Grocery retailer Stew Leonard's has recalled the cookies, saying they are 'devastated' by the death of Órla Baxendale, whose allergy was too severe for her EpiPen
The family of Órla Baxendale is mourning the death of the 25-year-old dancer, who they say had a severe nut allergy and died of anaphylactic shock on Jan. 11 after eating cookies that did not list peanuts among the ingredients on its label.
Baxendale had moved to New York from East Lancashire, England, to pursue a career in dance, according to a statement issued on behalf of the family by their attorneys, Howard S. Hershenhorn and Marijo C. Adime. Her family is "devastated by this unimaginable loss."
"She was a radiant and brave soul who pursued her dreams relentlessly, leaving an indelible mark on the hearts of those who knew her," they said.
Stew Leonard's — the local grocery retailer who sold the Vanilla Florentine cookies Baxendale consumed while at an event — have since issued a recall of the 500 packs of sweets, in partnership with the Food and Drug Administration. They say the seasonal items were sold at two of their three Connecticut stores, in Danbury and Newington, from Nov. 6 – Dec. 31, 2023. They had a best by date of Jan. 5, 2024.
"Customers with nut allergies should bring back the product to customer service for a full refund," the recall states.
Baxendale's attorney Adime released a second statement saying that the dancer had an EpiPen but her allergy was too severe. “Orla was very careful and hyper-vigilant about everything she ate, and always thoroughly checked the ingredients on all packaging. In addition, she always carried an EpiPen with her and surrounded herself with people who know how to administer one,” the attorney said.
“After she began to have an anaphylactic reaction, an EpiPen was used but due to the severity of her allergy, it was not effective,” he added.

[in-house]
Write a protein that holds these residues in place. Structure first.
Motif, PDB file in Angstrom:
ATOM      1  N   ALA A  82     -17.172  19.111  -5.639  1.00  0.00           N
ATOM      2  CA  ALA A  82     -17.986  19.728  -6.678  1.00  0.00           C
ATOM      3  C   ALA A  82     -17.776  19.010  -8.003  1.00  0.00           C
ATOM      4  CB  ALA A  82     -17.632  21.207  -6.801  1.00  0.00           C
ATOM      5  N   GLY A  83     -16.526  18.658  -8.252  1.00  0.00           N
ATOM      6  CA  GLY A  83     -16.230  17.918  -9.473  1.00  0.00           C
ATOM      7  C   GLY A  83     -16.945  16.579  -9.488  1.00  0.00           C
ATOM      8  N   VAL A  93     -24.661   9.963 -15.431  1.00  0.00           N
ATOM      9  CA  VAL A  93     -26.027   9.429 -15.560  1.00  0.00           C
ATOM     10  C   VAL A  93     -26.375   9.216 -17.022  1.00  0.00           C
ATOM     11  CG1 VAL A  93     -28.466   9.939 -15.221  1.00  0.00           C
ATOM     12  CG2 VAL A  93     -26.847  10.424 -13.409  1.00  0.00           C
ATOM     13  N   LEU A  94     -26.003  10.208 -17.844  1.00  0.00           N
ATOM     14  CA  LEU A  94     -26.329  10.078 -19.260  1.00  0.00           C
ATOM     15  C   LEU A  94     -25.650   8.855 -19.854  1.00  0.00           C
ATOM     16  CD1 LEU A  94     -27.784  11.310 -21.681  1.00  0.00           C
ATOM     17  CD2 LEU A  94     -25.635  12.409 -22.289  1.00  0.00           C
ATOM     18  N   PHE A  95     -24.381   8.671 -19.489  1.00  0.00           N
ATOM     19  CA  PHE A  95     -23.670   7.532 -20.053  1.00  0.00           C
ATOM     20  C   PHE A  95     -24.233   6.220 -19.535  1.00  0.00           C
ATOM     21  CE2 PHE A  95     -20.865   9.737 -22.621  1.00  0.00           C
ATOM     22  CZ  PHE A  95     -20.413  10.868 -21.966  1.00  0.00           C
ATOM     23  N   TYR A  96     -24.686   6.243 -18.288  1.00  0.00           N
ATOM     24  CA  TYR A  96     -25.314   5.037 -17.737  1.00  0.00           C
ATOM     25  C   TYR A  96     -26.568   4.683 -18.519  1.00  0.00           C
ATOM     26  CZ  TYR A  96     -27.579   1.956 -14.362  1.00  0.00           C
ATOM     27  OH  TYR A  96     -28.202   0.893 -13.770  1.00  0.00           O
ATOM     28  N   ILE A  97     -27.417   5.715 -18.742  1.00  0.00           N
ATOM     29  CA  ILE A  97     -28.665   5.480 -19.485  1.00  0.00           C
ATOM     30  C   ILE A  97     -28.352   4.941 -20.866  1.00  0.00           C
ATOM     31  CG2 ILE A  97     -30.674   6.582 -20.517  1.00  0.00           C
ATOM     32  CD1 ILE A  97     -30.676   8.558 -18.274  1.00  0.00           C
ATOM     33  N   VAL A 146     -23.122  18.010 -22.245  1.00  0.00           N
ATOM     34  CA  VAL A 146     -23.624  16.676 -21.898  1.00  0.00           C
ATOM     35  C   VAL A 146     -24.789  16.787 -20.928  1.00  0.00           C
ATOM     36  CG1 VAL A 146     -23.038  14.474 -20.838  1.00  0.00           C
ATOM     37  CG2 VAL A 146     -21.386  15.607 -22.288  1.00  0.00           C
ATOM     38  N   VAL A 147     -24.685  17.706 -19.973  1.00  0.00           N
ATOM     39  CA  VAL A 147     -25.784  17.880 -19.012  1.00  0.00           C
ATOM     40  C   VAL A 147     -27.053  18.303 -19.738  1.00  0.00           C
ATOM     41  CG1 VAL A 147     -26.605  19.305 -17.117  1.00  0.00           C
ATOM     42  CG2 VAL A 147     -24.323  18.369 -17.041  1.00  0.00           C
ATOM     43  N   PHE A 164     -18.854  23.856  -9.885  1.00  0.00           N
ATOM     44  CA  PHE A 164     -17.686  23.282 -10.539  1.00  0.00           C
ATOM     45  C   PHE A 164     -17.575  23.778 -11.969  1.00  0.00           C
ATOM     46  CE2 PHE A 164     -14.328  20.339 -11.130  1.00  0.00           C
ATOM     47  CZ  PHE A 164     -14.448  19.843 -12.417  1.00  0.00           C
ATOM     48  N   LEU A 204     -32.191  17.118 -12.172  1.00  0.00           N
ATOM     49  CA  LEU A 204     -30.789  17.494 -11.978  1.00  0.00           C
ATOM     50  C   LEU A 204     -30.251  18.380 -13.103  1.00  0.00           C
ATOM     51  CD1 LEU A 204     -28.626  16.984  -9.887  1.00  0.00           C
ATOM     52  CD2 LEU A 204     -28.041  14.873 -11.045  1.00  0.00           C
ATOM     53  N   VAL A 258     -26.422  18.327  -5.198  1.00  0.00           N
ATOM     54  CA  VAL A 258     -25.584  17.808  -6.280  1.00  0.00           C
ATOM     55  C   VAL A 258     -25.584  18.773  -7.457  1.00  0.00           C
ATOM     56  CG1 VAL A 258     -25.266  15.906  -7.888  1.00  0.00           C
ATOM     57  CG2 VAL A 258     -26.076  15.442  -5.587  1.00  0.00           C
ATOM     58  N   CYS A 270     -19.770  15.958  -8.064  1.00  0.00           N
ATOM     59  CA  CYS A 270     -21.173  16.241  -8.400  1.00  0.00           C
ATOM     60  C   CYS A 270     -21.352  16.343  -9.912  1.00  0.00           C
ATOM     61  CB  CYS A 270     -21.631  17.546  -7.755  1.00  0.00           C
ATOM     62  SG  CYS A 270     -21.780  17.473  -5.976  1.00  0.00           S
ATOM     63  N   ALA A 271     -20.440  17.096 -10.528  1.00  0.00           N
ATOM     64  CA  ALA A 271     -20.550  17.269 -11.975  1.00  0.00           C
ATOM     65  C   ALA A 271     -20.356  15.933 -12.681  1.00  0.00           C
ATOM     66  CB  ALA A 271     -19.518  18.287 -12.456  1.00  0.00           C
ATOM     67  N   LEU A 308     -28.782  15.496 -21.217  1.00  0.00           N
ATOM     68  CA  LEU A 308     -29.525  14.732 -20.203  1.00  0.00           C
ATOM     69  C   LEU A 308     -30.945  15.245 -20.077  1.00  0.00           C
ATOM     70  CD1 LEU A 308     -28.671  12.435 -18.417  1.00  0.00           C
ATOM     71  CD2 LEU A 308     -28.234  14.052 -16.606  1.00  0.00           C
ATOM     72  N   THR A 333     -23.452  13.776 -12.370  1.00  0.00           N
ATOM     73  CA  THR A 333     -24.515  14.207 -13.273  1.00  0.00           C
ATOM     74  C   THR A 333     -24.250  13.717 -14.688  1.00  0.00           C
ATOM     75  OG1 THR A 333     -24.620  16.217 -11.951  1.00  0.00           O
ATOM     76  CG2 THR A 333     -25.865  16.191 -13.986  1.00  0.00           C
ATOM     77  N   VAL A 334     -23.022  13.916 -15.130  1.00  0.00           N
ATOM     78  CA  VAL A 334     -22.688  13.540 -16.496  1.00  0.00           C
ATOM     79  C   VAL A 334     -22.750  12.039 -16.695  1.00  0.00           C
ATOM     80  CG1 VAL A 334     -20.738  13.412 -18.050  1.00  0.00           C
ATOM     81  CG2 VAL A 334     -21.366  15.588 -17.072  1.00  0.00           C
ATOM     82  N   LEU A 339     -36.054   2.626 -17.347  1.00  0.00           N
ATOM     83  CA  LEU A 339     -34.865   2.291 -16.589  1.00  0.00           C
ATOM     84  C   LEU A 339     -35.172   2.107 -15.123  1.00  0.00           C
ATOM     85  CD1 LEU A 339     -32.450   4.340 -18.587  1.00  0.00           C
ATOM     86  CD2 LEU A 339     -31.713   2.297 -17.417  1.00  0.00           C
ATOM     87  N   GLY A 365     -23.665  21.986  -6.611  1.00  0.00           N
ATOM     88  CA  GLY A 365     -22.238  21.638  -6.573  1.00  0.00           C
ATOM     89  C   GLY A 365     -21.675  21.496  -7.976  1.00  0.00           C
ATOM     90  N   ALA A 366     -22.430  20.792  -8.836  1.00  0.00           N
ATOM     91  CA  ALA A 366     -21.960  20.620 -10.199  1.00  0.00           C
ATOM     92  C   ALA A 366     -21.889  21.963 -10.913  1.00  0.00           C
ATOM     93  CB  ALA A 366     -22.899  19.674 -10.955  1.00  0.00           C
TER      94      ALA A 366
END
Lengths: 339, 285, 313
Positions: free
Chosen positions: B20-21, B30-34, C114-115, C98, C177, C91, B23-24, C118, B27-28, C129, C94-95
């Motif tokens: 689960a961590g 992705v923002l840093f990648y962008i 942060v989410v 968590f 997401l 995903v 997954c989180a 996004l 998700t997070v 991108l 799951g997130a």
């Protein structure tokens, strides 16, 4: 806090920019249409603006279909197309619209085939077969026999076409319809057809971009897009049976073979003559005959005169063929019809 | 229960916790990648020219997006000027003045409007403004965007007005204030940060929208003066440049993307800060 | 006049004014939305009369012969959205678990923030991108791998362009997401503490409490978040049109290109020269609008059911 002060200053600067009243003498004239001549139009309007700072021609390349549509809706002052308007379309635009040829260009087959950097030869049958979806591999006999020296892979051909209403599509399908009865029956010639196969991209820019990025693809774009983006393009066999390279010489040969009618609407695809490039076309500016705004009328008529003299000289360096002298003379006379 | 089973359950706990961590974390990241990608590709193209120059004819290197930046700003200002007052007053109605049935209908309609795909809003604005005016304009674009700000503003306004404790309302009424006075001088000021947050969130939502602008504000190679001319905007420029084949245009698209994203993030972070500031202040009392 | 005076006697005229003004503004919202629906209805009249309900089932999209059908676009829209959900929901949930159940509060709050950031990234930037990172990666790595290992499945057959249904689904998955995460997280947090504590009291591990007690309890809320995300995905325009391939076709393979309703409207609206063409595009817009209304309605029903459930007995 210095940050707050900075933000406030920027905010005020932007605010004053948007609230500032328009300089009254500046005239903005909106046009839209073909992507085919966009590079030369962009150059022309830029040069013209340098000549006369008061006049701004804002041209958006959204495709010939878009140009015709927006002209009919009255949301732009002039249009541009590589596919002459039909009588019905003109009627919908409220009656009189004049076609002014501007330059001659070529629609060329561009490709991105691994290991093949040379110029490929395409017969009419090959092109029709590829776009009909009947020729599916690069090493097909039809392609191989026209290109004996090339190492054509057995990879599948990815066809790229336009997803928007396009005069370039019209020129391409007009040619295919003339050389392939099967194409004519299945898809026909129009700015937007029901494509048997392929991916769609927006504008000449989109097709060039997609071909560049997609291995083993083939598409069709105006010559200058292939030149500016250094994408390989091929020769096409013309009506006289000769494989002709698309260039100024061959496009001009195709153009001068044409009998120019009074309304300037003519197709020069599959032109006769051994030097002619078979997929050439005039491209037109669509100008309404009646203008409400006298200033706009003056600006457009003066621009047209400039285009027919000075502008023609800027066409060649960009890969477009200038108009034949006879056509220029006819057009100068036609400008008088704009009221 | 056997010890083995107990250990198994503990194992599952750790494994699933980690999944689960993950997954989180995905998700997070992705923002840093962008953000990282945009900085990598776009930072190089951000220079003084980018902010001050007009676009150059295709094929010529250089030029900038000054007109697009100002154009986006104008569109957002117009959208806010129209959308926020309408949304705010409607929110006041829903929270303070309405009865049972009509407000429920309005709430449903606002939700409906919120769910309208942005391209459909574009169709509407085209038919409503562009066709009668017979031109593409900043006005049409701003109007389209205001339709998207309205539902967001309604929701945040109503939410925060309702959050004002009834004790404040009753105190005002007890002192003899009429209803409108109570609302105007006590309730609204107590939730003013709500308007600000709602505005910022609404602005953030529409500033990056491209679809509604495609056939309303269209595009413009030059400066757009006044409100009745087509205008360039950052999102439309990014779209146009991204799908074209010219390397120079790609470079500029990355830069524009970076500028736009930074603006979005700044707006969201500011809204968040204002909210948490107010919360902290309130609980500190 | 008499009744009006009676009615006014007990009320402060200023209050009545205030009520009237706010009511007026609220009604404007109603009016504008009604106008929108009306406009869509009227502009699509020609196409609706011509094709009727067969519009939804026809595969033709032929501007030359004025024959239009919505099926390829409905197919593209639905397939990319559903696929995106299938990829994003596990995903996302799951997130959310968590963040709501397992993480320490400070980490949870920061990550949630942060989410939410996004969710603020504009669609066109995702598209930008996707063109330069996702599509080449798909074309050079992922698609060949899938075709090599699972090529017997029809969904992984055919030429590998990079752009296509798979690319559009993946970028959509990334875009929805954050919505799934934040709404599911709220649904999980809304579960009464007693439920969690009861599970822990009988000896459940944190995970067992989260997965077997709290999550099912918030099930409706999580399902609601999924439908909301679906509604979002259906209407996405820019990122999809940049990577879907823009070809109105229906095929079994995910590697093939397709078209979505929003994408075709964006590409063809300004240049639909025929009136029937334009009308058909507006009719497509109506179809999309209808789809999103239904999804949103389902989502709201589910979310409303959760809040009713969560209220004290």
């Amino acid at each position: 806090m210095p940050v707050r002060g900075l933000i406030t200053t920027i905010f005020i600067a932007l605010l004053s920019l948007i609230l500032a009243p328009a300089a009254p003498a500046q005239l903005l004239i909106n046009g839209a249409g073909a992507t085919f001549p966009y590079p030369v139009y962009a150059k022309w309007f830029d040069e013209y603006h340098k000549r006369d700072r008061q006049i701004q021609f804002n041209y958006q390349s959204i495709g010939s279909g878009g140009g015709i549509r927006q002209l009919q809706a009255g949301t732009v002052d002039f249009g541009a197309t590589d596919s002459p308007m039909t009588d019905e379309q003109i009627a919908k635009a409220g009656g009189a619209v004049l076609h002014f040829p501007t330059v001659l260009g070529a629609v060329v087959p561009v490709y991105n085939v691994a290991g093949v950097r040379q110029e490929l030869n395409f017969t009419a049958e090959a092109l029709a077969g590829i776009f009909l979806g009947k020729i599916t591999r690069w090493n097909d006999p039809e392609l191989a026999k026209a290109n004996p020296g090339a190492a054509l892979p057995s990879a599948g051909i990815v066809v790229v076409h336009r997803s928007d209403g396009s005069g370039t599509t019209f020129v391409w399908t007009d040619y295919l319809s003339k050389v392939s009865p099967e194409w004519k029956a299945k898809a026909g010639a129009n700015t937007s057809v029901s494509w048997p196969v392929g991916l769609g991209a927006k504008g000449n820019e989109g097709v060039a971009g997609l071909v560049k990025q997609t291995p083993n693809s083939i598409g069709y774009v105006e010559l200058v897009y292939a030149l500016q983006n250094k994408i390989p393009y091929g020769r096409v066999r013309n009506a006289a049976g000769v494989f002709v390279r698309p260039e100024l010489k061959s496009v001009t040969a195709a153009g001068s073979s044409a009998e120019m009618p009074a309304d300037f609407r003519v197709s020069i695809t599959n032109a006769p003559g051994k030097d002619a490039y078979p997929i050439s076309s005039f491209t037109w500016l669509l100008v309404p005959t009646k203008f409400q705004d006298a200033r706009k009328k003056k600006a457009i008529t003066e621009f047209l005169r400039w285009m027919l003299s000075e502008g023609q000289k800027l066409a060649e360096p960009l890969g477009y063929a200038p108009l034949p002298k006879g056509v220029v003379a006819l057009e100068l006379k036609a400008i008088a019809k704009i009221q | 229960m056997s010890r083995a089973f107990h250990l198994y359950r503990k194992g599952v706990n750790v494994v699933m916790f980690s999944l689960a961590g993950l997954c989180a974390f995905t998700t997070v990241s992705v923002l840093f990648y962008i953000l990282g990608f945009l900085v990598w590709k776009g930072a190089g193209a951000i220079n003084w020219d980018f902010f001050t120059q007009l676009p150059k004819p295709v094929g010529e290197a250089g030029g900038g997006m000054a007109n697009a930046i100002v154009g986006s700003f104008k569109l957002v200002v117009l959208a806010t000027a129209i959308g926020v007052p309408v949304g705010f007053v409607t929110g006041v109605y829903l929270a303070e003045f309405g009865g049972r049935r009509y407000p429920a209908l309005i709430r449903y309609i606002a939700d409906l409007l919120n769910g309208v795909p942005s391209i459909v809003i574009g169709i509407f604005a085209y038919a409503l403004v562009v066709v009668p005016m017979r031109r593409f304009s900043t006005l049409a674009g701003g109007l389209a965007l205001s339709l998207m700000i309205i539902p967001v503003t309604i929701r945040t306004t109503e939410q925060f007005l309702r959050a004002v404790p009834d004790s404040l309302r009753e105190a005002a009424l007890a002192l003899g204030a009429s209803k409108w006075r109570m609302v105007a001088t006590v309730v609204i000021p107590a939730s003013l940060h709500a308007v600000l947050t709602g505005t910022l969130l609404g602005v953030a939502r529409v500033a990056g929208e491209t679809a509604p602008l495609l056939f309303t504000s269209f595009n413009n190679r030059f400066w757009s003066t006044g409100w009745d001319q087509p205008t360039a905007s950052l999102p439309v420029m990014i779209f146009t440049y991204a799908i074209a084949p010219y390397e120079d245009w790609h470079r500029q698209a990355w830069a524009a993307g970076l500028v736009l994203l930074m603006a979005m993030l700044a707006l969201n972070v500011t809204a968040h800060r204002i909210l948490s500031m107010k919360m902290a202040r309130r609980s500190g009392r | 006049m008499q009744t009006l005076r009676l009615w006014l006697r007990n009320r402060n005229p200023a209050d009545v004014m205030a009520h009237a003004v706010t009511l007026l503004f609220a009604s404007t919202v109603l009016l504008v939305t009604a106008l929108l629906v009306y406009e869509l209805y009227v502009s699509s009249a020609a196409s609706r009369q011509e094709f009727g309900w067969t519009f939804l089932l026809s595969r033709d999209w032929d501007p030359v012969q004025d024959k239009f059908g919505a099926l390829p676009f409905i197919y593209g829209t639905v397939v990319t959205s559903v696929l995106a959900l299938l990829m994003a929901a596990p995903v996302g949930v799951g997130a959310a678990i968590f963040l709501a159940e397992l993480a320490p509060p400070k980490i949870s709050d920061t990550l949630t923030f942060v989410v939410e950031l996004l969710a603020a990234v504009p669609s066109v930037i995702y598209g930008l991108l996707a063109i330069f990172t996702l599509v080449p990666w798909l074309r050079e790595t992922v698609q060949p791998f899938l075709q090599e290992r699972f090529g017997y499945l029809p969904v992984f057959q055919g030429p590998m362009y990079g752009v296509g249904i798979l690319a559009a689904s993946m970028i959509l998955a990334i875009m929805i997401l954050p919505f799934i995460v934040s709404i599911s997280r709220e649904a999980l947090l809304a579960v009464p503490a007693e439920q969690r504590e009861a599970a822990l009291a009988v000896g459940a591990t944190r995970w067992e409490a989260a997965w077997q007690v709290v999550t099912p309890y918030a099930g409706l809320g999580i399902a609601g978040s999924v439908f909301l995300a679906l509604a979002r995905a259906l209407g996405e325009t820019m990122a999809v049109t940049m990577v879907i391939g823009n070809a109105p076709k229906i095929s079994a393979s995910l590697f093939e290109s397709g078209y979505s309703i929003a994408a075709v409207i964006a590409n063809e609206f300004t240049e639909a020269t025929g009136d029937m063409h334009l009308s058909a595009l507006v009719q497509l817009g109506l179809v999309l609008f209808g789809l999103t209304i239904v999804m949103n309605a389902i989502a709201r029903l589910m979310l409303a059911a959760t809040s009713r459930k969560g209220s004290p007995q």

Stew Lleonard's expressed their condolences in a video statement issued by Stew Leonard Jr. "It's a sad day for us. We're just all devastated, very sad," he said. "I have four daughters, one of them is in their 20s. I can imagine how that family feels right now, and we're all just very, very sad about this whole thing."
Leonard Jr. added that the cookies were manufactured by wholesaler Cookies United, out of Islip, New York, and repackaged by Stew Leonard's.
"The supplier changed the recipe and started going from soy nuts to peanuts and our chief safety officer at Stew Leonard's was never notified," Leonard Jr. claimed.
But Cookies United insists otherwise. "Stew Leonard's was notified by Cookies United in July of 2023 that this product now contains peanuts and all products shipped to them have been labeled accordingly," they alleged in a statement. "This product is sold under the Stew Leonard's brand and repackaged at their facilities. The incorrect label was created by, and applied to, their product by Stew Leonard's."
"In the 24 hours since Cookies United learned of this tragedy we have been cooperating with the New York State Department of Agriculture and have been informed we are in compliance with all applicable rules and regulations relating to this product," noted the release, which also expressed the company's "deepest sympathies" to Baxendale's family.
Reached for comment about Cookies United's claims, a rep for Stew Leonard directed PEOPLE back to Leonard Jr.'s original statement.
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Meanwhile, officials from the Connecticut Department of Consumer Protection (DCP) and the Connecticut Department of Public Health (DPH) are now investigating the incident.
"This is a heartbreaking tragedy that should never have happened," said DCP Food Commissioner Bryan Cafferelli. "DCP Food Investigators are working hard with the Department of Public Health, local health departments, officials in New York State and New Jersey, the Food and Drug Administration and Stew Leonard's to determine how this error happened and prevent a similar tragedy from occurring in the future. Our condolences go out to the family affected by this incident."
"Correct labeling so that people who have food allergies can appropriately protect themselves is of utmost importance. I am devastated to learn of this incident and will work with partners to ensure that we can protect people with food allergies. I cannot stress enough the importance of food allergy awareness so that an avoidable tragedy like this doesn't happen again," said DPH Commissioner Dr. Manisha Juthani. "We will continue to work with all our partners — including restaurants and retailers — to provide education on the dangers of food allergens so that best practices are being followed for the safety of the residents of Connecticut."
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